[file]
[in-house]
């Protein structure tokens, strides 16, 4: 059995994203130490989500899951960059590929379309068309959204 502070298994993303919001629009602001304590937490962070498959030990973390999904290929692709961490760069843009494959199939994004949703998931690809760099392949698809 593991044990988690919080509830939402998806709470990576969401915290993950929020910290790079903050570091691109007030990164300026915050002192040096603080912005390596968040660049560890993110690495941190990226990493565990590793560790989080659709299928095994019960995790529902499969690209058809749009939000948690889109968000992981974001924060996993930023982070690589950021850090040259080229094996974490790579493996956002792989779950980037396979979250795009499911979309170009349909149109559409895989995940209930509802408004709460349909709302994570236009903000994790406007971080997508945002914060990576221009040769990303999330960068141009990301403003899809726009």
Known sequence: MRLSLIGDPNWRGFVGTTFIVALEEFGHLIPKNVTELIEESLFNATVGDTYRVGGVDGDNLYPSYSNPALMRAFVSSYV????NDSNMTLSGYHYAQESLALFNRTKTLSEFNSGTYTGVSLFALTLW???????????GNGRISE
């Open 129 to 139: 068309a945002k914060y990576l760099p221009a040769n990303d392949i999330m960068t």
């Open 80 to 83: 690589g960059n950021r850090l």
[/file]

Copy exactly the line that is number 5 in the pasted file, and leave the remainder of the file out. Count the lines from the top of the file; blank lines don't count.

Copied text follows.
């Open 80 to 83: 690589g960059n950021r850090l």